Analysis and Simulations of a Heavy Rainfall Event Associated with the Passage of a Shallow Front over Northern Taiwan on 2 June 2017

Chuan Chi Tu, Yi Leng Chen, Pay Liam Lin, Mu Qun Huang

Research output: Contribution to journalArticlepeer-review

1 Scopus citations

Abstract

From 0200 to 1000 LST 2 June 2017, the shallow, east-west-oriented mei-yu front (,1 km) cannot move over the Yang-Ming Mountains (with peaks ∼1120 m) when it first arrives. The postfrontal cold air at the surface is deflected by the Yang-Ming Mountains and moves through the Keelung River and Tamsui River valleys into the Taipei basin. The shallow northerly winds are anchored along the northern side of the Yang-Ming Mountains for 8 h. In addition, the southwesterly barrier jet with maximum winds in the 900-950-hPa layer brings in abundant moisture and converges with the northwesterly flow in the southwestern flank of the mei-yu frontal cyclone. Therefore, torrential rain (.600 mm) occurs over the northern side of the Yang-Ming Mountains. From 1100 to 1200 LST, with the gradual deepening of the postfrontal cold air, the front finally passes over the Yang-Ming Mountains and arrives at the Taipei basin, which results in an east-west-oriented rainband with the rainfall maxima over the northwestern coast and Taipei basin. From 1300 to 1400 LST, the frontal rainband continues to move southward with rainfall over the northwestern slopes of the Snow Mountains. In the prefrontal southwesterly flow, the orographic lifting of the moisture-laden low-level winds results in heavy rainfall on the southwestern slopes of the Snow Mountains and the Central Mountain Range. With the terrain of the Yang-Ming Mountains removed in the high-resolution model, the mei-yu front moves quickly southward without a rainfall maximum over the northern tip of Taiwan.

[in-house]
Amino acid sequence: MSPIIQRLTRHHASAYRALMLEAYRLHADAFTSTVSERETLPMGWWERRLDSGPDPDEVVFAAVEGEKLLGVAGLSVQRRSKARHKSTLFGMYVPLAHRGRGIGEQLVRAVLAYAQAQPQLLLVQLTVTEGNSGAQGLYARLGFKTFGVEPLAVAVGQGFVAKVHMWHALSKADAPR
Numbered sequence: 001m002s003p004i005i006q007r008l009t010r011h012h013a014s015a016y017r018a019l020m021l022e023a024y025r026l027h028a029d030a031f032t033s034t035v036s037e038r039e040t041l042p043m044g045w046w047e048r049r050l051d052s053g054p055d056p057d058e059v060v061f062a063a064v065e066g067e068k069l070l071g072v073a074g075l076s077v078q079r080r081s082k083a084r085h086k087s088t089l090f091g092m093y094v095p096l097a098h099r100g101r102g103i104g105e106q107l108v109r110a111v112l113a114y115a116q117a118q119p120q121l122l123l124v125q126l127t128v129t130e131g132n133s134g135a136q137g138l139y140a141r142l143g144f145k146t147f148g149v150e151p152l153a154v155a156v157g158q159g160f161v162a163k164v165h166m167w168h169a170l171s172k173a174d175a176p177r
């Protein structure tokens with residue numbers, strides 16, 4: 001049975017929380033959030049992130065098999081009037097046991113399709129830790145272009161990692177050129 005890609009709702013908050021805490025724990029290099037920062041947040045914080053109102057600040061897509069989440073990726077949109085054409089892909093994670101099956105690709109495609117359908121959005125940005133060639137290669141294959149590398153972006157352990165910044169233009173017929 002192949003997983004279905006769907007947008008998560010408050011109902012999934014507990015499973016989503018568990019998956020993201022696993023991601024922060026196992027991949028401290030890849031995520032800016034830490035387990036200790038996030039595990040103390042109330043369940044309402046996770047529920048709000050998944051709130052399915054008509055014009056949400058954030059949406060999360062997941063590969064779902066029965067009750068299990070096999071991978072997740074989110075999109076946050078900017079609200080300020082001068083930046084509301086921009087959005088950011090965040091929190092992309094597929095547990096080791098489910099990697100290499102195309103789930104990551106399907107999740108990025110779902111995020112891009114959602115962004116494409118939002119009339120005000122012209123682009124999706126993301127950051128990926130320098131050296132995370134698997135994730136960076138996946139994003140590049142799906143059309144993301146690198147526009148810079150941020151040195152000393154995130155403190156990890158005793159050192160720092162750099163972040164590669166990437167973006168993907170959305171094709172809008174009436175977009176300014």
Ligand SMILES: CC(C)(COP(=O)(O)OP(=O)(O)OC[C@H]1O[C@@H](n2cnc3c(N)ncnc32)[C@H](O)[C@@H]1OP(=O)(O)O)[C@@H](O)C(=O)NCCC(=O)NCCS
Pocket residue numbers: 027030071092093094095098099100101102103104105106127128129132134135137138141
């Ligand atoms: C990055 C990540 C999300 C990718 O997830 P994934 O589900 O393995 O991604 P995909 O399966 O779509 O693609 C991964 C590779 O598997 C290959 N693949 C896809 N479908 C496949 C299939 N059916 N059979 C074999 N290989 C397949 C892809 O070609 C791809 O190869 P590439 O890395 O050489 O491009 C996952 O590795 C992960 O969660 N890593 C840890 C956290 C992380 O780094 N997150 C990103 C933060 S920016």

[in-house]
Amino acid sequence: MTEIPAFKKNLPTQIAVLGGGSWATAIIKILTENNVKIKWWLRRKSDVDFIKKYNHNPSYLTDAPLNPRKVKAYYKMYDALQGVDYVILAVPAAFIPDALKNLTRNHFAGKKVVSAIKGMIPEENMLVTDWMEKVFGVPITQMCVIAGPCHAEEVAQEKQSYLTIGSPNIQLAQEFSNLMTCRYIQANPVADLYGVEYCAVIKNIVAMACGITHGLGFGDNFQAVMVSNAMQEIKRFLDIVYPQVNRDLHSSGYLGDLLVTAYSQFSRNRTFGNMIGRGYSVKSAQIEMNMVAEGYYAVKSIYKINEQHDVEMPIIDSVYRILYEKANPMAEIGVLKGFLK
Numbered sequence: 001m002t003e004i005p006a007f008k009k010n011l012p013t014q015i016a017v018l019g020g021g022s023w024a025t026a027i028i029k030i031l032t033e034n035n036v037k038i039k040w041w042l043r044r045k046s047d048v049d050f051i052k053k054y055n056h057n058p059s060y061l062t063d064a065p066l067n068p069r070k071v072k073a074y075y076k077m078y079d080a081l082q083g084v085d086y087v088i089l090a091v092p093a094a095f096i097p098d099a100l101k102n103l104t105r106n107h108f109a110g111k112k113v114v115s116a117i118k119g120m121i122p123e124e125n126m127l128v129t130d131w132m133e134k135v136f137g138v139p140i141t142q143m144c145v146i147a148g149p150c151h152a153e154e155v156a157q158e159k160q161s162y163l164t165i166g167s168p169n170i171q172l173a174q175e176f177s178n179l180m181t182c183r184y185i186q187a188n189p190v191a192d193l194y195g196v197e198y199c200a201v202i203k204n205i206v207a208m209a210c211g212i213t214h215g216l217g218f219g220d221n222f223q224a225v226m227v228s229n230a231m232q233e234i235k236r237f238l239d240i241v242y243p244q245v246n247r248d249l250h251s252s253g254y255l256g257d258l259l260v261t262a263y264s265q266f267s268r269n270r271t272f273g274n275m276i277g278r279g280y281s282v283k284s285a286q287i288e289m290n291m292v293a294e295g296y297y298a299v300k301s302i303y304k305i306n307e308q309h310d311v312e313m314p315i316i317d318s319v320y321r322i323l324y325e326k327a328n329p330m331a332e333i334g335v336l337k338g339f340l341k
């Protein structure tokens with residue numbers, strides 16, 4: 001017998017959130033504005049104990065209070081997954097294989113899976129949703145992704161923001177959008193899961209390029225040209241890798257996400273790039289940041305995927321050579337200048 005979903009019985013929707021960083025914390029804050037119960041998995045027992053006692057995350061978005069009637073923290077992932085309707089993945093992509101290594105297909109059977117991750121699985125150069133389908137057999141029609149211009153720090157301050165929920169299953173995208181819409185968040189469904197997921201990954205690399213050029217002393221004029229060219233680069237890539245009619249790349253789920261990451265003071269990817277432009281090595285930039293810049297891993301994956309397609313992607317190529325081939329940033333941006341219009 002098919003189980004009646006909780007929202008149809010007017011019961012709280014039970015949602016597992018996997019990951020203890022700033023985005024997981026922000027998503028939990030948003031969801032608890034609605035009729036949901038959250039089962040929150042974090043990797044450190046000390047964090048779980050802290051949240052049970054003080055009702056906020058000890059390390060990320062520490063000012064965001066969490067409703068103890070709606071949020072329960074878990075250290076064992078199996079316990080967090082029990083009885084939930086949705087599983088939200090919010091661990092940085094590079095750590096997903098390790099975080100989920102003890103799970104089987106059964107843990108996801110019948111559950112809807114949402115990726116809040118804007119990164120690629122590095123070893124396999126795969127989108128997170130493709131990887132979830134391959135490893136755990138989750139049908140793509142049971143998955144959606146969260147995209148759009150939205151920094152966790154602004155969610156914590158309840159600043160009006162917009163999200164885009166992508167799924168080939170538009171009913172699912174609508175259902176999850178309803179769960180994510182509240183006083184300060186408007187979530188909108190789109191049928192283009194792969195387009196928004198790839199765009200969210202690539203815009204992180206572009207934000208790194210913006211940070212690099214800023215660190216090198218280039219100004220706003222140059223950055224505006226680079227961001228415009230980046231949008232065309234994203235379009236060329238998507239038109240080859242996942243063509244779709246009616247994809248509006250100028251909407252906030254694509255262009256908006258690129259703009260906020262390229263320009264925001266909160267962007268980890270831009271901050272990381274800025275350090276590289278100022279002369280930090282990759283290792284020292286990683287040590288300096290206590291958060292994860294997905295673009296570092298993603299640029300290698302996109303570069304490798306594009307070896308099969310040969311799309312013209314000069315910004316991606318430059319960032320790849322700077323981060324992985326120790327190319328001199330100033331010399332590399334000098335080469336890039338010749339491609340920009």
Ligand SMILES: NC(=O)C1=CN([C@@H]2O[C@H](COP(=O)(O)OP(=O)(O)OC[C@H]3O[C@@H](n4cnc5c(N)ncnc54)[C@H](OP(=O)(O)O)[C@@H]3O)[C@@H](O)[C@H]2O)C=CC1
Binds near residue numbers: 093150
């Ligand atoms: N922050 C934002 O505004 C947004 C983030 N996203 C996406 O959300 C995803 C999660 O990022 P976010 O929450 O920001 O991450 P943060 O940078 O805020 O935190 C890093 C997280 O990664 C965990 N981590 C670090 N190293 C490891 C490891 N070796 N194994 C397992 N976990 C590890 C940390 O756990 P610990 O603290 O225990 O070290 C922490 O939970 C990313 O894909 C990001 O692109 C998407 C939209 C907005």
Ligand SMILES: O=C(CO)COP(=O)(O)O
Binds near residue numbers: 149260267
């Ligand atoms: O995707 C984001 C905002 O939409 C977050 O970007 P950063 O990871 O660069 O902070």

Original languageEnglish
Pages (from-to)505-528
Number of pages24
JournalMonthly Weather Review
Volume150
Issue number3
DOIs
StatePublished - Mar 2022

Keywords

  • Boundary layer
  • Jets
  • Mei-yu fronts
  • Mesoscale processes
  • Rainfall

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